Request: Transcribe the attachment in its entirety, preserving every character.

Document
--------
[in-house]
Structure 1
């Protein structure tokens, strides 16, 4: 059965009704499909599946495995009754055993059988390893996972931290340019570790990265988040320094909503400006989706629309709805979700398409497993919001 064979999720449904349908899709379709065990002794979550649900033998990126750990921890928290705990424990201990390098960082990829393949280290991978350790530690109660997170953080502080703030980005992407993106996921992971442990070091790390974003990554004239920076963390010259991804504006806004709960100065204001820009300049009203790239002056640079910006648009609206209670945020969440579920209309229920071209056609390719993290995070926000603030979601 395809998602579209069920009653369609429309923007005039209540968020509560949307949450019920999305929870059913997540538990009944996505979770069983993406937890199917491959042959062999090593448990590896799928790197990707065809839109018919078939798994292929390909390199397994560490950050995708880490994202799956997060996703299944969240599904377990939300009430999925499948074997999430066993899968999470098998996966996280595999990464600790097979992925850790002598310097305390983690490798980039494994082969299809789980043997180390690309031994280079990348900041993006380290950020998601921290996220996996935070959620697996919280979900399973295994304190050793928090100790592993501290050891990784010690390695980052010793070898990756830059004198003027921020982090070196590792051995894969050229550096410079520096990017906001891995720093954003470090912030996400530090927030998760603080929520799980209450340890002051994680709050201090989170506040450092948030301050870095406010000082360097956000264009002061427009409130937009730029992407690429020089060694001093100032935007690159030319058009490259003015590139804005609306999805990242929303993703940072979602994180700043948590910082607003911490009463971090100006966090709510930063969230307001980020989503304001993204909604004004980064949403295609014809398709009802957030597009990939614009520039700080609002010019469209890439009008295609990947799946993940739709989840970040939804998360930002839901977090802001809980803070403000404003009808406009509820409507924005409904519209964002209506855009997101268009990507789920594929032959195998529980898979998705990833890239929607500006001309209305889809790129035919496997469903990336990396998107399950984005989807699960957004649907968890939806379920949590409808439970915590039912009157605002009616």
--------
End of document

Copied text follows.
[in-house]
Structure 1
């Protein structure tokens, strides 16, 4: 059965009704499909599946495995009754055993059988390893996972931290340019570790990265988040320094909503400006989706629309709805979700398409497993919001 064979999720449904349908899709379709065990002794979550649900033998990126750990921890928290705990424990201990390098960082990829393949280290991978350790530690109660997170953080502080703030980005992407993106996921992971442990070091790390974003990554004239920076963390010259991804504006806004709960100065204001820009300049009203790239002056640079910006648009609206209670945020969440579920209309229920071209056609390719993290995070926000603030979601 395809998602579209069920009653369609429309923007005039209540968020509560949307949450019920999305929870059913997540538990009944996505979770069983993406937890199917491959042959062999090593448990590896799928790197990707065809839109018919078939798994292929390909390199397994560490950050995708880490994202799956997060996703299944969240599904377990939300009430999925499948074997999430066993899968999470098998996966996280595999990464600790097979992925850790002598310097305390983690490798980039494994082969299809789980043997180390690309031994280079990348900041993006380290950020998601921290996220996996935070959620697996919280979900399973295994304190050793928090100790592993501290050891990784010690390695980052010793070898990756830059004198003027921020982090070196590792051995894969050229550096410079520096990017906001891995720093954003470090912030996400530090927030998760603080929520799980209450340890002051994680709050201090989170506040450092948030301050870095406010000082360097956000264009002061427009409130937009730029992407690429020089060694001093100032935007690159030319058009490259003015590139804005609306999805990242929303993703940072979602994180700043948590910082607003911490009463971090100006966090709510930063969230307001980020989503304001993204909604004004980064949403295609014809398709009802957030597009990939614009520039700080609002010019469209890439009008295609990947799946993940739709989840970040939804998360930002839901977090802001809980803070403000404003009808406009509820409507924005409904519209964002209506855009997101268009990507789920594929032959195998529980898979998705990833890239929607500006001309209305889809790129035919496997469903990336990396998107399950984005989807699960957004649907968890939806379920949590409808439970915590039912009157605002009616």